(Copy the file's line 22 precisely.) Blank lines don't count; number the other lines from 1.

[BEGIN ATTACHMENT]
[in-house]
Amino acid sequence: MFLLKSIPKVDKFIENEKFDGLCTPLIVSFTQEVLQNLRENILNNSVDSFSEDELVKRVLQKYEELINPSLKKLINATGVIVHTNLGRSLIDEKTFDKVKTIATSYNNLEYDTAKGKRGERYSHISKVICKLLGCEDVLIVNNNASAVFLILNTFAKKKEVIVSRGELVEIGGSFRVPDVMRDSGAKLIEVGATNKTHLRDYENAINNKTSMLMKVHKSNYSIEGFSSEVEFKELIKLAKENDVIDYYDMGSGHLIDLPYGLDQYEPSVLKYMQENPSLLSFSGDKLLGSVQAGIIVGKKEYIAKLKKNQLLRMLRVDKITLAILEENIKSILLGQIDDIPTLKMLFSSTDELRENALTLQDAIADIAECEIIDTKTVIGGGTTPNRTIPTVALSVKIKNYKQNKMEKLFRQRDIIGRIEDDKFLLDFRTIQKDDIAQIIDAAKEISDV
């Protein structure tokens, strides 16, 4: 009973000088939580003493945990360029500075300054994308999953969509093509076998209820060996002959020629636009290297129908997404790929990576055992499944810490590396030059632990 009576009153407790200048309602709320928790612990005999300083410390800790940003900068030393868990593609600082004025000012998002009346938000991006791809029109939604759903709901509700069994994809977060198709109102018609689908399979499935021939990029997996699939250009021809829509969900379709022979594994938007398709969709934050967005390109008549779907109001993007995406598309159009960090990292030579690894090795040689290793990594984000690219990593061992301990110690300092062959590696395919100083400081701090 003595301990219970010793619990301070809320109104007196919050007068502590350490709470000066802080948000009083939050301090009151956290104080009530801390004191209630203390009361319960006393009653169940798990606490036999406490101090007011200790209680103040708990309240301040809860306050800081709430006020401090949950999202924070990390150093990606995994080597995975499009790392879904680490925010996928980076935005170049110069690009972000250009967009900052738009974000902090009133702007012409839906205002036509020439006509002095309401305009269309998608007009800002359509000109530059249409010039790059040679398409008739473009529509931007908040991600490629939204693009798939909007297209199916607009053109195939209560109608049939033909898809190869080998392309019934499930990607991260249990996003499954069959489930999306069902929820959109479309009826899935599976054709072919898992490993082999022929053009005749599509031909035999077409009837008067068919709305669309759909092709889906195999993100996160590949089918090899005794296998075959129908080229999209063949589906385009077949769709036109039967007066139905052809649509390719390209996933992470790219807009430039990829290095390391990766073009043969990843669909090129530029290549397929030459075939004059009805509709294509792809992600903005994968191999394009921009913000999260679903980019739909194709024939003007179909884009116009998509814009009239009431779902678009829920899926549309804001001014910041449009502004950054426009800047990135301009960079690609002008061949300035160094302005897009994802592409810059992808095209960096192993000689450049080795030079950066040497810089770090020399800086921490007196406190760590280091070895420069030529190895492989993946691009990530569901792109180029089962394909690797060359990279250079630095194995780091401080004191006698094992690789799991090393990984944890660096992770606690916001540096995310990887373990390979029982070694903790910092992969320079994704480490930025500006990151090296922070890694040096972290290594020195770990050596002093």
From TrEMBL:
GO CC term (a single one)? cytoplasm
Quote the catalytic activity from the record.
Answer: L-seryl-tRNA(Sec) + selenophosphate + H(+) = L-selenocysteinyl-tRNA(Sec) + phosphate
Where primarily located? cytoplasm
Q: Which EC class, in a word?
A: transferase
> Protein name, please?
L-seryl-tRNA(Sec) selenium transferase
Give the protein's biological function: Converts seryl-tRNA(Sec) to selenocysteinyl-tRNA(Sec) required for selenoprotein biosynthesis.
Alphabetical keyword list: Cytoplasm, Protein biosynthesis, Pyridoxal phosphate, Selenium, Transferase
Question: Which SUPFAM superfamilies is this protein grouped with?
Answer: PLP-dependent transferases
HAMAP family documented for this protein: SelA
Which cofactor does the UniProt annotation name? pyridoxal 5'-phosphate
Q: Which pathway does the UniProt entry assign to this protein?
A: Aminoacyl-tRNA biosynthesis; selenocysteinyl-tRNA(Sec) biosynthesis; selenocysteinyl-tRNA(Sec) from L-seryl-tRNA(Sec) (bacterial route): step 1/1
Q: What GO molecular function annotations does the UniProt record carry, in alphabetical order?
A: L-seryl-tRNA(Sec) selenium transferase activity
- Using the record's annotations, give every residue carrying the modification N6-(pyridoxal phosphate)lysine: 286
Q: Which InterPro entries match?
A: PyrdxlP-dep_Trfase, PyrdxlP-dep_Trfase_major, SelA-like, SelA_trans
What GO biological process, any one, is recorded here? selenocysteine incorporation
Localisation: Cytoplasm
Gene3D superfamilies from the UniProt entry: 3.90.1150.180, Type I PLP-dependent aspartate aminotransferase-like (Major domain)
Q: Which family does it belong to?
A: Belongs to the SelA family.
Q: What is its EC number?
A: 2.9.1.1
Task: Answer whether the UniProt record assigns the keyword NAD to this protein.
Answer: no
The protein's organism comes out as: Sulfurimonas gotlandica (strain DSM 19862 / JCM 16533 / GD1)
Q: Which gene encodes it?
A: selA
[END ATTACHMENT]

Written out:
A: L-seryl-tRNA(Sec) selenium transferase activity